weaving all coarse varieties of cloths.
It is simply a fact, that we can spin
cotton South, five cents cheaper on the
pound than anywhere else in the
world, and can weave all coarse oloths
from seven to ten cents cheaper. To
manufacture finer stuffs, swiss muslin,
for example, we are not, it is true, at
On the borders of Fairfield and
Chester, there is one of the finest wa
ter powers in the South. Fifty thous
and dollars would erect a factory that
would pay its owners ten thousand
dollars annually in profits. Cannot
Fairfield and Chester start the enter
It sconis to us almost absurd that
there should be five protestant
churches in Winnsboro. If the pro.
testanti here would unite upon the
apostles' and the Nicene orced, and
build one large and handsome church,
and employ one preacher and assist
ant, how good and pleasant a thing it
would be I They all profess to ex
peot to unite in heaven, but somehow
prefer disunion and weakness on the
earth. Five congregations prefer to
half-starve five preachers, rather than
unite and give a comfortable support
to two. Yet they expect the ministry
to continue well-educated, eloquent,
learned and efficient I To all out
siders, and to many inside of the fold
too, this thing begins to appear ab
surd. Why not unit e in worship 1
And why not unite on the Apostles'
and on the Nicenai crced, the first con
taining tihe summary of the historical
facts of christianity, and the second,
of their (orthodox Interpretation.
Now, of course, we cannot believe
that Christ ever promised or Intended
an external unity of his churcb. Its
external unity is simply a matter of
high expediency, and is to be viewed
especially with reference to the sup
port of the ministry. If Christ ever
promised and prayed for an external
unity, then clearly he was a false
prophet and imposter, for such a uni
ty hmaa never existed, except in the
noddles of these who insist upon
'apostolio sucsso, not in its true,
but in a perverted signification. Heo
promised and prayed for a spiritual
union, "one faith, one Lord, one Bap
tism," (of the Spirit, tmost evidently)
or as the creed has it, "the Holhy Cath
Good Osat of EvlI.
Our army officers, especially the
gradluates of West Point, have been
doing yeoman's service to the South,
since the war, as the pioneers of ma
terial enterprise and development.
WVo are really glad that they stand
but little chance, for the present, of
political promotion, and have no de
sire to return to the United States
service, even were the Yankee. not
too mean a people to permit it. The
presence of men, who Invariably, when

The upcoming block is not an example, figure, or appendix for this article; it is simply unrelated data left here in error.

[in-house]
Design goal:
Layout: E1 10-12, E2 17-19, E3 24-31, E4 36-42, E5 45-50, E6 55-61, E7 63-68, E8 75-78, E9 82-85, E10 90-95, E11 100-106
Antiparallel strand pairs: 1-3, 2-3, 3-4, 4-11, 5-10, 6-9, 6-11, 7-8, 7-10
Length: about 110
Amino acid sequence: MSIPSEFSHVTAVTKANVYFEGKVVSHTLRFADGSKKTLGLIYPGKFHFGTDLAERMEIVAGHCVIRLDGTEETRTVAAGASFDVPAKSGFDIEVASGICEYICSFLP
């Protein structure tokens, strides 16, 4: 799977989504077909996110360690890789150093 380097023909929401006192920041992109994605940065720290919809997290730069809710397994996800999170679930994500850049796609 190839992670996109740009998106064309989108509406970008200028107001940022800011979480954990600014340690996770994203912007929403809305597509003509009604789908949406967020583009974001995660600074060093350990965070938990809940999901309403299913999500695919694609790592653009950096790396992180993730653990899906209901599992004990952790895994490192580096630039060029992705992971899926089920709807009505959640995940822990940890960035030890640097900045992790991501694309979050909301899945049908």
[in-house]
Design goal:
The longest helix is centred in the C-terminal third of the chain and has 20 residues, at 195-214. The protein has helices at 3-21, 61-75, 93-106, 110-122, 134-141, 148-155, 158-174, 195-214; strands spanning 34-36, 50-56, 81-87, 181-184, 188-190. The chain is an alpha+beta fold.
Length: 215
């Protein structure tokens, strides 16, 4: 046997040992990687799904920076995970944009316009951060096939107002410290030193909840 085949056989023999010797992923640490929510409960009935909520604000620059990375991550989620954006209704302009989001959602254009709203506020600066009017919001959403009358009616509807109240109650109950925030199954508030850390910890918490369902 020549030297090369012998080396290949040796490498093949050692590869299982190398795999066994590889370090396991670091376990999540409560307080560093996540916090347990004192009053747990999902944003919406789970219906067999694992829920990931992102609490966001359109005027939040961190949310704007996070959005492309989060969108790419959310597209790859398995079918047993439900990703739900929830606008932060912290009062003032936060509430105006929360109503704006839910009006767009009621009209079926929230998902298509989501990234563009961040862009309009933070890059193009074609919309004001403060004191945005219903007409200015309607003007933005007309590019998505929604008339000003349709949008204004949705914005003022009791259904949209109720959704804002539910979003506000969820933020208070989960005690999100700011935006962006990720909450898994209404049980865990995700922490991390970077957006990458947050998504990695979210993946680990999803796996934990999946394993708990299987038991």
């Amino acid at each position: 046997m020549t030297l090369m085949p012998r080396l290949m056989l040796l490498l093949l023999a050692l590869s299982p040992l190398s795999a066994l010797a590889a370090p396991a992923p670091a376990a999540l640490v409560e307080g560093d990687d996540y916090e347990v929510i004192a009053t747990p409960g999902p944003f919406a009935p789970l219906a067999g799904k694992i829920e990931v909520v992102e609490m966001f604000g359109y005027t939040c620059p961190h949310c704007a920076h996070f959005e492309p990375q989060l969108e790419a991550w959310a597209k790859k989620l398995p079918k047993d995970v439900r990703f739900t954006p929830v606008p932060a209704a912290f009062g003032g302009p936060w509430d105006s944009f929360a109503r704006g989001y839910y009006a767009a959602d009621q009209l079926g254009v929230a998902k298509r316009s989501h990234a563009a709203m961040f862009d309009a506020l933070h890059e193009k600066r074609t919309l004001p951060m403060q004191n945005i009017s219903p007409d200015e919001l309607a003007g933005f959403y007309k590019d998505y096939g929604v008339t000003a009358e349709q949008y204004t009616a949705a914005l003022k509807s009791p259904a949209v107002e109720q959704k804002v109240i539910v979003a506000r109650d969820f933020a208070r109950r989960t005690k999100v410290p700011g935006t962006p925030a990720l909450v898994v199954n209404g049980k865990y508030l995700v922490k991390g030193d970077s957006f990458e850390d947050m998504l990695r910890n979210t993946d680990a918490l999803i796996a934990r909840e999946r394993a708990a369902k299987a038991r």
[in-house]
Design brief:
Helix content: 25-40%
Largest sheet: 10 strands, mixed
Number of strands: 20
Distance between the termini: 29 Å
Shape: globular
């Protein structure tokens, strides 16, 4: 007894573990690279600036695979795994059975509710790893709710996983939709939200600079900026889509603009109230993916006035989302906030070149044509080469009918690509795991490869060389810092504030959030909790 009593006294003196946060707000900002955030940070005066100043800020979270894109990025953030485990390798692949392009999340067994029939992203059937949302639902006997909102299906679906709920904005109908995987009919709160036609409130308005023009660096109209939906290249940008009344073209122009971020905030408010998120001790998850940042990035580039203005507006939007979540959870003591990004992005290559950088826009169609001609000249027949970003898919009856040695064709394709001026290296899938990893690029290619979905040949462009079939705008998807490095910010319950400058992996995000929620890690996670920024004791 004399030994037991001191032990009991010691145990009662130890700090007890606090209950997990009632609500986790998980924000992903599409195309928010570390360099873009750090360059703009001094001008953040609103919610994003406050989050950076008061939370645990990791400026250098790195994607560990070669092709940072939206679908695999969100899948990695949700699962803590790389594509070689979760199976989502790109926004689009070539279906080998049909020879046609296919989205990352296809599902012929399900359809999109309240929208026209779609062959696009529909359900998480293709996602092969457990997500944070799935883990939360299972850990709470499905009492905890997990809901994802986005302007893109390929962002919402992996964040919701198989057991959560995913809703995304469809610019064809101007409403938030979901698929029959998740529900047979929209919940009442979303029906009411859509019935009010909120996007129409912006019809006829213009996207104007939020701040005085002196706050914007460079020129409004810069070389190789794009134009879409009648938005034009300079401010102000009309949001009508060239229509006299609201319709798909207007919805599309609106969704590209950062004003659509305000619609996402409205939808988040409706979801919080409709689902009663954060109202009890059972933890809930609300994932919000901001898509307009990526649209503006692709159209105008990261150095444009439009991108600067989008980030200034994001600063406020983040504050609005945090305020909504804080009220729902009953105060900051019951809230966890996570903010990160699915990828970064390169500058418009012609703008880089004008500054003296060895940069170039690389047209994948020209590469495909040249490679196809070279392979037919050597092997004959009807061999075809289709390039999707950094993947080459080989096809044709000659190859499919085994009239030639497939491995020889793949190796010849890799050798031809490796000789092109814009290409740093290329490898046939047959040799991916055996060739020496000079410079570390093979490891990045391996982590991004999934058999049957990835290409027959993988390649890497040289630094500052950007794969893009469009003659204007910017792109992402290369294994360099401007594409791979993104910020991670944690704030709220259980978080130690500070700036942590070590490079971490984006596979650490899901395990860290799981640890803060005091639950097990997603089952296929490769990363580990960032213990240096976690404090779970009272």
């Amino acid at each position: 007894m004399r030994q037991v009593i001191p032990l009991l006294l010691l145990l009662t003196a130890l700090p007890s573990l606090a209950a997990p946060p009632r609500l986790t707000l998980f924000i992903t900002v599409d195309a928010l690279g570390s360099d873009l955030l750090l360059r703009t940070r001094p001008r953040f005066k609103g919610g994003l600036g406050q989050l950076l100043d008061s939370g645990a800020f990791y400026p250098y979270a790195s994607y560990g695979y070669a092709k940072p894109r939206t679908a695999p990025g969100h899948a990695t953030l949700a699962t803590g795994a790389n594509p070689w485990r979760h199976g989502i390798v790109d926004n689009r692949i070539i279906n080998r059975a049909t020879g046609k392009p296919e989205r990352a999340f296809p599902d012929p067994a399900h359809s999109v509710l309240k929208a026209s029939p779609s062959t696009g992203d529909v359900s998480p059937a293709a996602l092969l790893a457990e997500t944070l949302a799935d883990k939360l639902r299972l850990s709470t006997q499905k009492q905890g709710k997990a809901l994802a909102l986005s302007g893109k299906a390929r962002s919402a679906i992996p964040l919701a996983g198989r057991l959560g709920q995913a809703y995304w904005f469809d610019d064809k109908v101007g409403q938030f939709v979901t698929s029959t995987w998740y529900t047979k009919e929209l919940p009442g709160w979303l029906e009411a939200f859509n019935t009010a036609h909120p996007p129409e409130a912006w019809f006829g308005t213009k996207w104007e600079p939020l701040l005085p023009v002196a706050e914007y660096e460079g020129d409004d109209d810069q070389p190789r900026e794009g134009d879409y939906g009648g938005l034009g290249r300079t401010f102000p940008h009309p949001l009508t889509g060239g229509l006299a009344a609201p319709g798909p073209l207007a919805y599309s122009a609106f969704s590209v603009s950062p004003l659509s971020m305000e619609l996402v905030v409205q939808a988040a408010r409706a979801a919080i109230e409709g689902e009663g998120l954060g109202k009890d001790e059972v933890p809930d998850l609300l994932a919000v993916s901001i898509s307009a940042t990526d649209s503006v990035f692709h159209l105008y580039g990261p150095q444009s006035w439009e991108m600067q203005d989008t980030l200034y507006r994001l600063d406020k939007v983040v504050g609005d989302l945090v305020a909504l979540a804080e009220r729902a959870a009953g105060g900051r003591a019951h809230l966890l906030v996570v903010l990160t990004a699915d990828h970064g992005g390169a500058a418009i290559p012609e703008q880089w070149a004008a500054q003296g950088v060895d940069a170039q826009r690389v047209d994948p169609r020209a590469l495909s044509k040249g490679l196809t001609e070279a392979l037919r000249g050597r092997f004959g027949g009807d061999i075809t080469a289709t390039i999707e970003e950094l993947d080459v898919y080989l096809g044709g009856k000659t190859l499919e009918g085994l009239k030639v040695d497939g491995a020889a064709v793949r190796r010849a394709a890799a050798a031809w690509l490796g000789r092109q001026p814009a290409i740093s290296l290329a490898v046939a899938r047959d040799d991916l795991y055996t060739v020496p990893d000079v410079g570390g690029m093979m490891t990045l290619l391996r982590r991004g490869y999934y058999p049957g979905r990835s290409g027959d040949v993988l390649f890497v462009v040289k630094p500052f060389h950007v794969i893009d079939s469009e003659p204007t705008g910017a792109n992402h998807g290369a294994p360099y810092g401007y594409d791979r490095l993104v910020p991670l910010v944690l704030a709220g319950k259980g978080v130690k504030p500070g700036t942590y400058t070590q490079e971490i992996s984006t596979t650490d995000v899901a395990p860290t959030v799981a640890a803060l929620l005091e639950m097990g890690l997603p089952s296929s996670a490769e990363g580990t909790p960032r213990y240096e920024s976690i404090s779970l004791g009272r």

commanding *gnal forces, fairly
wvhipped the fight, and frequently did
so, when largely outnumbered, would
be unpleasant and distateful to the
loyal officers of the artny. And the
Sonth needs those men, to build her
railroad., to manage her banks.andl
joint.stook compaies, to open her
mnines, and to educate her daughsen.
and her sons.
To take a single example, on Batuw.
day last,. we visited~ wi4 Gen. Alex.
ander, the Oottoa 'Oeed Oil Cake
Manufactory in Columbia. He has
*9 .liand at least ope shoussd tog o(
Al pressed out by his machinery supeg
rior to any olive oil now sold, and exC
poets to furnish it at $2 a gallon.
Hle showed us three varieties of cot
ton seed oil and cotton need oil cake
)f two kinds, one kind made by a
mewly patented chemical method, I
rhich extracts the oil completely.
The boiler of this establishment is a
ouriosity. It consists of an arrange
ment of very many gun barrels con
mooted with each other, and if it ever
bursts, it Is only possible for one of I
these gun-barrels to burst, and empty
all the steam in tho boiler down into
the furnace, putting out the fire.
This boiler is destined, in his opinion
and in ours, to supersede every other I
patent. Rut the most interesting
statement of all re can make is this,
that from every hushel of his cotton
seed General Alexander's lint ma- t
ohine takes off three pounds of very
good lint, before the seed is conveyed, y
by a revolving elevator, to the hulling
apparatus. A specimen of this lint
may be seen at the store of Capt.
I. N. Withers, with whom we have
left it for exhibition. It is probably
worth 15 cents a pound.
Mr. Ediur :
I wus mitely astonished the other
day at that peoce you had in your
paper bout Horace Greely a kummin t
to yore house and a makin all that
parlaverin talk, and I jest tell you
what I think about it if them white
boys dont mind what they're doin
they'l spile Horace, lettin him go to t
there partiso and pat fur them. But
Mr. Editur, I think Horace wus a I
huntin fur a job of kuttin wood or
sumthing uv the kind, and you must
a got him a talkin all that politix
what you said he wus a sayin to you.
He wates on sum uv the fokes at Mr.
Aken's, and that's what made him in
sich a hurry to git off, but I'm mity
sorry to beer all that talk what he
had, and jist believe it kum frum let
tin him pat fur the partise, fur HorC
ace useter be a mity good nigger and
alwase stood squair up fur the land
uv his berth. I intend to giv him a
talk about his big konversashun with
the editur of a nuzepoper, fur ho
hadent oughtter dun so. Hopin he will
turn over a new leef, I will klose
down on him fur this time.
Your's till his next visit,
Tus ELECTIoN noTE:sTED. - A
number of property-holding and tax- 1
pying citizens of Columbia have en.